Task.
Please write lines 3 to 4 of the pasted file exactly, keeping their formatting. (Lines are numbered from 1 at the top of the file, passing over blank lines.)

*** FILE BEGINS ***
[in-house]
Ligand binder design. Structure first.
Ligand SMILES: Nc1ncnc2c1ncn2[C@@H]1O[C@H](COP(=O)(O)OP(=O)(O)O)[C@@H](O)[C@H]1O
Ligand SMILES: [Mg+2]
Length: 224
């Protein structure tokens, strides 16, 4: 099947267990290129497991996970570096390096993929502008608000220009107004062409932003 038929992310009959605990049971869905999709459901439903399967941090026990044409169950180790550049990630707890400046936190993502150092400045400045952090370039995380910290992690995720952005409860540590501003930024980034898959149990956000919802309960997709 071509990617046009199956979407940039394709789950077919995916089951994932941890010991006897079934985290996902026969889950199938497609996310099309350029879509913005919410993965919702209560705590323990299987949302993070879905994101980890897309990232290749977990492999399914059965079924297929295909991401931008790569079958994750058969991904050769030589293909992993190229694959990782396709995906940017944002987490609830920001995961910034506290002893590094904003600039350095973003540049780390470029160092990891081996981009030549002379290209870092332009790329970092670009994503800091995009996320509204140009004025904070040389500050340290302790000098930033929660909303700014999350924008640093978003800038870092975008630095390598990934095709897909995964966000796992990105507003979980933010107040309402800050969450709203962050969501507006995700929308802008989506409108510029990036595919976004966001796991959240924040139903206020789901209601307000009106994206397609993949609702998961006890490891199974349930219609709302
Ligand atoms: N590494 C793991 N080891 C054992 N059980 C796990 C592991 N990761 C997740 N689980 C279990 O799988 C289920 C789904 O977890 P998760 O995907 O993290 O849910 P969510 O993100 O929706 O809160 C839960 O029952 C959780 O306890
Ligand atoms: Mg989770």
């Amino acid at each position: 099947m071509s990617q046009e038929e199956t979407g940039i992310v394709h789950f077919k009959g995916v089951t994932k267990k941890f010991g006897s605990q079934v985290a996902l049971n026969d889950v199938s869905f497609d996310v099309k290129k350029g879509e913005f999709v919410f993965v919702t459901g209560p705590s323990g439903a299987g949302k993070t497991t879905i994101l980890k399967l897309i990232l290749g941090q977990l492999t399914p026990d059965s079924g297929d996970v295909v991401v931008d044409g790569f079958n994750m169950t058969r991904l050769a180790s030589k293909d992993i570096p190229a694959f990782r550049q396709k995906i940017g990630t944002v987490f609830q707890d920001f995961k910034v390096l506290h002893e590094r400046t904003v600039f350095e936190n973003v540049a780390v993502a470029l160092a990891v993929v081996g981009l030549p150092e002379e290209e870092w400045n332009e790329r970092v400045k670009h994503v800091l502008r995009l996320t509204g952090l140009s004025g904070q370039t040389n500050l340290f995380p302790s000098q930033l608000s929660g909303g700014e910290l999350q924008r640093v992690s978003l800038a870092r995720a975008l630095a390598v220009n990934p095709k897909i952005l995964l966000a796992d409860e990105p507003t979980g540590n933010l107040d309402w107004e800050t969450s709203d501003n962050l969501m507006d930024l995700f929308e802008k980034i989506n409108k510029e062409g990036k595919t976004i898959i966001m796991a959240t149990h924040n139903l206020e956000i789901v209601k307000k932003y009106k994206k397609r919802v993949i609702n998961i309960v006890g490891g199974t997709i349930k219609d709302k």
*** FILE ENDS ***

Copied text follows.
Ligand SMILES: Nc1ncnc2c1ncn2[C@@H]1O[C@H](COP(=O)(O)OP(=O)(O)O)[C@@H](O)[C@H]1O
Ligand SMILES: [Mg+2]